Losing Vision Doesn’t Mean Job Loss, there is Help Available
When someone is losing vision for the first time or losing additional vision due to a progressive condition and finding the function of how they do their work is changing, it is essential to understand there is help available.
A trained Vocational Rehabilitation Professional can provide:
- recommendations on assistive technology that will help the employee in their job
- how the technology interfaces and works within time, environmental and workflow demands
- the cost effectiveness of one accommodation over another.
These specialists are trained professionals in examining the holistic need of the employee. They can recommend which options work best to promote task efficiency, effectiveness, and full access to the accommodations.
Employees who are assisted by knowledgeable Vocational Rehabilitation Professionals tend to experience less stress associated with their jobs and concern about workplace efficiency. These experts help with the transition of all that impacts the employee, making it easier to remain successfully employed.
Through an on-site evaluation, task analysis, and assessment of an employee’s needs, the rehabilitation professional can work with the employee and employer as a resource in determining low and high-tech recommendations, software, and hardware.
As the pandemic recedes, the return to in-person work may represent a challenge for individuals with disabilities, particularly those who have been able to work remotely. While working remotely can be considered a reasonable accommodation, employers should take this opportunity to assess each individual’s request and explore the options to ensure that they and their employees can make a smooth transition back to the workplace.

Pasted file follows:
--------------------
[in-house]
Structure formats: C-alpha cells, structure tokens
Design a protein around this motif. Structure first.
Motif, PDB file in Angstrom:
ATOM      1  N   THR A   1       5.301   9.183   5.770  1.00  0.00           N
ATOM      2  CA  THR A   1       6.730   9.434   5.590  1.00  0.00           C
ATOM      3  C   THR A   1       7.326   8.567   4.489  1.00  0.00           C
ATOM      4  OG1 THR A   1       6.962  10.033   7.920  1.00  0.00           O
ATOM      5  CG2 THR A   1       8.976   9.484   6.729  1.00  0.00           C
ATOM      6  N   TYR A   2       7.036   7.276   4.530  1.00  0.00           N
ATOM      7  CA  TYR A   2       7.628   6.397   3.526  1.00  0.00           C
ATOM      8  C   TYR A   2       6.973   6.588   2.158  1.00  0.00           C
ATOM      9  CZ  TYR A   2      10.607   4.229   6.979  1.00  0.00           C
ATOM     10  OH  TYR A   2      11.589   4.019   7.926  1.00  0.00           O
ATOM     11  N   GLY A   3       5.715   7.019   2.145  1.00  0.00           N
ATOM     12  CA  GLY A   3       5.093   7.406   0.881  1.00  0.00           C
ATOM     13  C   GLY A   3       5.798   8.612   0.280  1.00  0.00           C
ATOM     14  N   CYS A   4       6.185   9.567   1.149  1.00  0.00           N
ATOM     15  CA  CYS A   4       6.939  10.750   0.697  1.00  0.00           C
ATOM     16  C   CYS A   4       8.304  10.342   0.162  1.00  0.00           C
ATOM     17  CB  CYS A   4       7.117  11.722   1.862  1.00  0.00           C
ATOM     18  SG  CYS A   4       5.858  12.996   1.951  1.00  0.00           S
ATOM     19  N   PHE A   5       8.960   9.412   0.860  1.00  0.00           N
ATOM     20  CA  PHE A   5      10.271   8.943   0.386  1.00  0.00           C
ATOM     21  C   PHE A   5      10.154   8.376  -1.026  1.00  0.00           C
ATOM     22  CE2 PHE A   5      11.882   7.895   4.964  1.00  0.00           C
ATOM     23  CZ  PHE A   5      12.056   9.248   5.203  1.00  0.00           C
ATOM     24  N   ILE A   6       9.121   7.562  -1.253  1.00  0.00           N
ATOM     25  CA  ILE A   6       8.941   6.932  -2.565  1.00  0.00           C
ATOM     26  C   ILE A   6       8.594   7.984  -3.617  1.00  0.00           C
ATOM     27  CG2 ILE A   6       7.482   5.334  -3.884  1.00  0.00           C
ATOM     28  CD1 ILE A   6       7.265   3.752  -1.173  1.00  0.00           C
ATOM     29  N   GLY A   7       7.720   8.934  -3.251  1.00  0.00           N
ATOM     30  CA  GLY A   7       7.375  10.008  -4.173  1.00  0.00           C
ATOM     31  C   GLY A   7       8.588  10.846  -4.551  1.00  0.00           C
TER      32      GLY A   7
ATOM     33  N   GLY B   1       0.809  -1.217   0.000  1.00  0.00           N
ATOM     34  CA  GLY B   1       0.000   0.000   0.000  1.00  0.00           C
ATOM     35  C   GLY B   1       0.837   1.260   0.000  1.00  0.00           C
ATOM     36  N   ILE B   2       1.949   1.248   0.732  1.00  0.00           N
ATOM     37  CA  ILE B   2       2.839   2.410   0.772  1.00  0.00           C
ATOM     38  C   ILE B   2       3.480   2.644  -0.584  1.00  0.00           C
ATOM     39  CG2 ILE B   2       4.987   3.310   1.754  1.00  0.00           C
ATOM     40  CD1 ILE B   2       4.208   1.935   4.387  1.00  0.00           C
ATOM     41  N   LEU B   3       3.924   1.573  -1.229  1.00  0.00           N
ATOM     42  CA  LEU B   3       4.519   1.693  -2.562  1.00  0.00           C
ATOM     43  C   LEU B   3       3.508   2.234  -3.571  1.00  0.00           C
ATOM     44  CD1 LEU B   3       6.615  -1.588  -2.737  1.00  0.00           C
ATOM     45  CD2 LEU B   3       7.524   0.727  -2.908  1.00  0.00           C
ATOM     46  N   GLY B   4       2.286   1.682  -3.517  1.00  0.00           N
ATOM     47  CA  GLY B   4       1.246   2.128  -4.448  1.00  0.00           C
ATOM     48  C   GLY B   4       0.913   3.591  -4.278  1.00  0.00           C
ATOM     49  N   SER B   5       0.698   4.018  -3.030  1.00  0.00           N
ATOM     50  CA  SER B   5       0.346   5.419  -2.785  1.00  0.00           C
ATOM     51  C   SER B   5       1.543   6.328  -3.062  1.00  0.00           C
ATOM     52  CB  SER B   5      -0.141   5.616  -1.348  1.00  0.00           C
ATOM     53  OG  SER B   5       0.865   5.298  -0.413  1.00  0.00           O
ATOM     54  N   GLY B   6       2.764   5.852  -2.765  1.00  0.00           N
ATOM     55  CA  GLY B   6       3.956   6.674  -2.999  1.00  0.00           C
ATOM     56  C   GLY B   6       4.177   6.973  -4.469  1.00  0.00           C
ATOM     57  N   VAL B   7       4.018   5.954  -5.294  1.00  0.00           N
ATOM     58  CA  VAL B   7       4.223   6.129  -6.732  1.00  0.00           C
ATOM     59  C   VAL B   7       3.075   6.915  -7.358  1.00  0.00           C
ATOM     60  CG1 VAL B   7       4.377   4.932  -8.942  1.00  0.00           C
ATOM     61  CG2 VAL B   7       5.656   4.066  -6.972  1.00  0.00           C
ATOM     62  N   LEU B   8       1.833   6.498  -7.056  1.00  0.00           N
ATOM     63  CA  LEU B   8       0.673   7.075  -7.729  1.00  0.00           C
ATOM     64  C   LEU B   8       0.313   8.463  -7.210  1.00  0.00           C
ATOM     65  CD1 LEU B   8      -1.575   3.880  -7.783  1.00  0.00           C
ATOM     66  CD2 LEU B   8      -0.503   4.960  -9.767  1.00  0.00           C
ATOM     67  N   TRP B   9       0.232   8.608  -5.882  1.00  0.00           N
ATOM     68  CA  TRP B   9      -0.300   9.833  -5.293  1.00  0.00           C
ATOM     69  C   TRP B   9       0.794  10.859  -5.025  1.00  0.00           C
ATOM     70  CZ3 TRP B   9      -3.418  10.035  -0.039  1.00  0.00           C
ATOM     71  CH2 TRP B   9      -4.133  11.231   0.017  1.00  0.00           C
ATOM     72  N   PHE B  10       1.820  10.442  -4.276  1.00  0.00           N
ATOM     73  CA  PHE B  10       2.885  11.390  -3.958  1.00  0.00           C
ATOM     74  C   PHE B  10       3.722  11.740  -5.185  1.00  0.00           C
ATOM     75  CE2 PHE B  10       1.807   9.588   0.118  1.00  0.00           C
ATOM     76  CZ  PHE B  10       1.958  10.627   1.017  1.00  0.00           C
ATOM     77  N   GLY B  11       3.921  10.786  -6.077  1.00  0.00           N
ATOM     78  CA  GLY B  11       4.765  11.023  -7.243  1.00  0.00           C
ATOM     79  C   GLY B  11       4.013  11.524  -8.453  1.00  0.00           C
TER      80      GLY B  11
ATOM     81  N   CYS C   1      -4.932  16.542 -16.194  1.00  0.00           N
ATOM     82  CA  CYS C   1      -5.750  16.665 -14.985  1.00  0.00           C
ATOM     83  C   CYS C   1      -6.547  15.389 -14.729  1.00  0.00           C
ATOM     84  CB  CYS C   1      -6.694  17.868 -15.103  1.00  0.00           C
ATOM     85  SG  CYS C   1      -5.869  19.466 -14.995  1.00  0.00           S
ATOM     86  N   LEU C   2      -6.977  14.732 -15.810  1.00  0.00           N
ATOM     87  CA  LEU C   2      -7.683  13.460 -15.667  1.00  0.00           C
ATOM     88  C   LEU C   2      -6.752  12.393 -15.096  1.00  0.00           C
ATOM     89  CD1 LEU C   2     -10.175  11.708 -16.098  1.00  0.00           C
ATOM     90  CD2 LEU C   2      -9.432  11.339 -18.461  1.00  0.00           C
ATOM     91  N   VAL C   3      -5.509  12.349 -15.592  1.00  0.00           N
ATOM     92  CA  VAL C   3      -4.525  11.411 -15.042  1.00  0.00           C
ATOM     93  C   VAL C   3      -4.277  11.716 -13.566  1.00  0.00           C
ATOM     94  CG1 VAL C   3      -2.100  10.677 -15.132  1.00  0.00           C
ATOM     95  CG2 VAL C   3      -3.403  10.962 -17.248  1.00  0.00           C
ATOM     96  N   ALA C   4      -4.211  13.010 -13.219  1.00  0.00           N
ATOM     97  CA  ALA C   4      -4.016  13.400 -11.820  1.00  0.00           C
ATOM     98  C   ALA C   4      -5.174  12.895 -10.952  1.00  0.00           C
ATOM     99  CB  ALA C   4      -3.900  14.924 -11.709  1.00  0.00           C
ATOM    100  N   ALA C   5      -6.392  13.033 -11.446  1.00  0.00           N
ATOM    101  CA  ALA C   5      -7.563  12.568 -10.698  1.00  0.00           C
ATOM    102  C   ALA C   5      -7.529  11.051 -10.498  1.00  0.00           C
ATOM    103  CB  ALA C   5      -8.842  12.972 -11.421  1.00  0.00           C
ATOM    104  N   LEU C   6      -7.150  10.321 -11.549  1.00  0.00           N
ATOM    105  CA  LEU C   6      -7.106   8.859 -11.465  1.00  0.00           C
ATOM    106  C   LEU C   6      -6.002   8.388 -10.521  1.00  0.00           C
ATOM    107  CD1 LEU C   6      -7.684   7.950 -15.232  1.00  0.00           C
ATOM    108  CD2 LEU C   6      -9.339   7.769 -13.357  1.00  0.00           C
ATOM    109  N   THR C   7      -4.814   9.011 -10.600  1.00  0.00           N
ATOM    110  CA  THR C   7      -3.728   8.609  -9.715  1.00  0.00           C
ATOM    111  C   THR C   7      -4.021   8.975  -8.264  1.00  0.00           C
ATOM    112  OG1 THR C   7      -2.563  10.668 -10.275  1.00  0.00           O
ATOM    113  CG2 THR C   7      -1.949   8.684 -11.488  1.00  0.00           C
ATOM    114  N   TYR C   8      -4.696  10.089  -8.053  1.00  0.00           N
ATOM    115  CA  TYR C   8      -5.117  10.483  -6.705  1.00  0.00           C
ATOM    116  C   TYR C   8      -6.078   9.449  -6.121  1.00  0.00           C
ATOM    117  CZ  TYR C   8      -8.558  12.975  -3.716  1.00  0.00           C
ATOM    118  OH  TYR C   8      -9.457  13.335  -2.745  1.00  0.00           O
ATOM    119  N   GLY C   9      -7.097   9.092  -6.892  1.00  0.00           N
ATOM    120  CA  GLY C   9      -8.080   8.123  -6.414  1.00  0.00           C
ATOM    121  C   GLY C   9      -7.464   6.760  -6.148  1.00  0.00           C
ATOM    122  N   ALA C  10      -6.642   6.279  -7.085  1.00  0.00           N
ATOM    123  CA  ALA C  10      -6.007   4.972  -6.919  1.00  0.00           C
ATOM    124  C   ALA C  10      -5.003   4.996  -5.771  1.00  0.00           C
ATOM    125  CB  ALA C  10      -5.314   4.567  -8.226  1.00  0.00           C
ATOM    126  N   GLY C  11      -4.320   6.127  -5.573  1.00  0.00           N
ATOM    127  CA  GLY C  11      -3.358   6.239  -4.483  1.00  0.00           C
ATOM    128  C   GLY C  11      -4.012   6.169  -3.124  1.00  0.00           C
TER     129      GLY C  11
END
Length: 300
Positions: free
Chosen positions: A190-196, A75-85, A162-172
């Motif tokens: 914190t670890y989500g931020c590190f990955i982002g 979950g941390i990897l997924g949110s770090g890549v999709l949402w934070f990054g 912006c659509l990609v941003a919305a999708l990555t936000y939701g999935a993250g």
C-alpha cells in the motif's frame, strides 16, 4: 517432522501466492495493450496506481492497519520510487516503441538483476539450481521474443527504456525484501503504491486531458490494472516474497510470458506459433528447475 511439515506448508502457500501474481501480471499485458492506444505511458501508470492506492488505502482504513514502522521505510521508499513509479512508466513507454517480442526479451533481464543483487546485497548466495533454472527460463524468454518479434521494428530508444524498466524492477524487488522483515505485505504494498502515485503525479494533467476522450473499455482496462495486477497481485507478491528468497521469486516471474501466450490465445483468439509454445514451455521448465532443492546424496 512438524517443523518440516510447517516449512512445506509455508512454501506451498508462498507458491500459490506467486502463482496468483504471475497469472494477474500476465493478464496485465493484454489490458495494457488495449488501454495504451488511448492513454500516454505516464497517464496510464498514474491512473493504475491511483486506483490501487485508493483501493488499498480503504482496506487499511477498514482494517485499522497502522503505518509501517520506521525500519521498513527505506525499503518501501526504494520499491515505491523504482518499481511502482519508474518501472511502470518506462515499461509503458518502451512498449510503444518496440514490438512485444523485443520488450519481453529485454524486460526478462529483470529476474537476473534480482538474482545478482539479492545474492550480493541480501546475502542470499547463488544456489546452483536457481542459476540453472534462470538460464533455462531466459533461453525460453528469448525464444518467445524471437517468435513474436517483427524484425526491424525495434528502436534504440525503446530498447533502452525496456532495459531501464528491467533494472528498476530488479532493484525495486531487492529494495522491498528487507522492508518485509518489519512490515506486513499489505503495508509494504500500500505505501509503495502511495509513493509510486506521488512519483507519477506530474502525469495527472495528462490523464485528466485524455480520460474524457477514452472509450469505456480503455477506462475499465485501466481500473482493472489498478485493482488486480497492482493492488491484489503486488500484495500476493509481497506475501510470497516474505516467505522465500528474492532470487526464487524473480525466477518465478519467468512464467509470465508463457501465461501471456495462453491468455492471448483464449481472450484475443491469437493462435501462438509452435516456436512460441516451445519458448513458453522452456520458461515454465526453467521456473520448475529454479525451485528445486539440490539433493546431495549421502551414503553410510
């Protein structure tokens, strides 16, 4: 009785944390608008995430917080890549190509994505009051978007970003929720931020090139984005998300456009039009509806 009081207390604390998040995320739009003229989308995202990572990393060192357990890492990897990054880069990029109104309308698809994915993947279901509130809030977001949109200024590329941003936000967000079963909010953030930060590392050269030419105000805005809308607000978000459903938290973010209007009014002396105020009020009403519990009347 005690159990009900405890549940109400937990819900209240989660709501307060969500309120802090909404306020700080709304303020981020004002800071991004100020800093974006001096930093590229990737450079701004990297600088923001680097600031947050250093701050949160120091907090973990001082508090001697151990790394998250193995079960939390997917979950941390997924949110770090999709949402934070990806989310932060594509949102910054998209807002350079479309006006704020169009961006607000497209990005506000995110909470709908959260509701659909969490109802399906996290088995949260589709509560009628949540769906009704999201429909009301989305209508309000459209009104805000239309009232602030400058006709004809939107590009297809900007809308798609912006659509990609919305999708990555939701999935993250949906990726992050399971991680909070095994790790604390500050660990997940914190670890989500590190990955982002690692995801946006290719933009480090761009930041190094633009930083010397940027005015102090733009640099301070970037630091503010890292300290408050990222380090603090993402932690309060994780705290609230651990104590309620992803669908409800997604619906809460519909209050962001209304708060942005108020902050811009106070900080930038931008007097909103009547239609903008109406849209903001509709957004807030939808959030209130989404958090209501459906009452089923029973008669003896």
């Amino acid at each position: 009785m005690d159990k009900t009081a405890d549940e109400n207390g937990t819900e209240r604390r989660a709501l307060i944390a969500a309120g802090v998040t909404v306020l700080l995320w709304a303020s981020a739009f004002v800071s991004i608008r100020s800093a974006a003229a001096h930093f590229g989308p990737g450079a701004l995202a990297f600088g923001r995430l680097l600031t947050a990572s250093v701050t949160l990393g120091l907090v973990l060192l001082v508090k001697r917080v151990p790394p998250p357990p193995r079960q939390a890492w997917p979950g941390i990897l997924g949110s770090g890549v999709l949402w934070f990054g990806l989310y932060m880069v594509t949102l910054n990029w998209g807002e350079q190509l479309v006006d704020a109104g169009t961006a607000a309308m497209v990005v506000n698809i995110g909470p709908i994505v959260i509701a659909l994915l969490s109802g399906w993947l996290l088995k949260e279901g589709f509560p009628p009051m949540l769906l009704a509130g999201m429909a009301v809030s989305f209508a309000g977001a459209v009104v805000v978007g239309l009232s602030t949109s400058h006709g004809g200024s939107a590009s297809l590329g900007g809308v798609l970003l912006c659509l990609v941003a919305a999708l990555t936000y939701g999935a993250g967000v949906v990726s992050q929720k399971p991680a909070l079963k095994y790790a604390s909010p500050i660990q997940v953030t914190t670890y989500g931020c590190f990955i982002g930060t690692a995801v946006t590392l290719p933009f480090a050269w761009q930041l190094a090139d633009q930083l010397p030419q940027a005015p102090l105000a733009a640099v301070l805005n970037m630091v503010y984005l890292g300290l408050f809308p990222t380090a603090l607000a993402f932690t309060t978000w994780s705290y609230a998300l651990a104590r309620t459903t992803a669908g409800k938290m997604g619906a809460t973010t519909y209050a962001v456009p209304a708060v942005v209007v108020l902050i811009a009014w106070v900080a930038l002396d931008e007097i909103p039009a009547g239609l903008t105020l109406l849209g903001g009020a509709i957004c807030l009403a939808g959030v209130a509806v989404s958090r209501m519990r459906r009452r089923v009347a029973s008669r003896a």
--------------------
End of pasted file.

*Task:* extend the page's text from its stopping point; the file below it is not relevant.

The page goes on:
Lighthouse Guild recommends that employers go through an interactive process with the employee to analyze the job requirements, identify the restraints involved with their disability, and determine suitable accommodations.
Retaining Qualified Employees is Good Business Practice
Retaining an employee who has become blind or visually impaired saves money as the employee is still a qualified asset to the company. The loss of expertise and experience of such employees impacts the bottom line and costs in terms of institutional knowledge and the value of work.
People who are blind or have low vision face many challenges in retaining employment. However, the Workforce Innovation and Opportunities Act (WIOA) has refocused vocational rehabilitation efforts toward job retention and career advancement among people with disabilities.
Lighthouse Guild’s Vocational Rehabilitation Professionals work with employers to help them integrate and accommodate people with vision impairment into their workforce.